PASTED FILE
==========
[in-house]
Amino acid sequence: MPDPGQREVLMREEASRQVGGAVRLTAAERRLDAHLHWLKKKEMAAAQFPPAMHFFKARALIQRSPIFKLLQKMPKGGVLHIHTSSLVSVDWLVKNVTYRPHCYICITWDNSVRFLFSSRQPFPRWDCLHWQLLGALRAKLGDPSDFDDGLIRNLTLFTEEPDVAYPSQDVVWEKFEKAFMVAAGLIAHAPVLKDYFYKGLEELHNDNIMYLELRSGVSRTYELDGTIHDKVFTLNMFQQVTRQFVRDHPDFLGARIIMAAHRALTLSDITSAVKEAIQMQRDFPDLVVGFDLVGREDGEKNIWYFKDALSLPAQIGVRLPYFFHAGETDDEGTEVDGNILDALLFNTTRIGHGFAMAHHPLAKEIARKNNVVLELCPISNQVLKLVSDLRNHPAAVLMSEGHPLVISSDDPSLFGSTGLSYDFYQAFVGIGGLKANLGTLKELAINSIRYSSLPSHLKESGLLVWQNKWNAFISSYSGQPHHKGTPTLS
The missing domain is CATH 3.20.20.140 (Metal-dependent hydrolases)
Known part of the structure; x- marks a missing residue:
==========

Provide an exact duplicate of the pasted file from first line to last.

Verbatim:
[in-house]
Amino acid sequence: MPDPGQREVLMREEASRQVGGAVRLTAAERRLDAHLHWLKKKEMAAAQFPPAMHFFKARALIQRSPIFKLLQKMPKGGVLHIHTSSLVSVDWLVKNVTYRPHCYICITWDNSVRFLFSSRQPFPRWDCLHWQLLGALRAKLGDPSDFDDGLIRNLTLFTEEPDVAYPSQDVVWEKFEKAFMVAAGLIAHAPVLKDYFYKGLEELHNDNIMYLELRSGVSRTYELDGTIHDKVFTLNMFQQVTRQFVRDHPDFLGARIIMAAHRALTLSDITSAVKEAIQMQRDFPDLVVGFDLVGREDGEKNIWYFKDALSLPAQIGVRLPYFFHAGETDDEGTEVDGNILDALLFNTTRIGHGFAMAHHPLAKEIARKNNVVLELCPISNQVLKLVSDLRNHPAAVLMSEGHPLVISSDDPSLFGSTGLSYDFYQAFVGIGGLKANLGTLKELAINSIRYSSLPSHLKESGLLVWQNKWNAFISSYSGQPHHKGTPTLS
The missing domain is CATH 3.20.20.140 (Metal-dependent hydrolases)
Known part of the structure; x- marks a missing residue: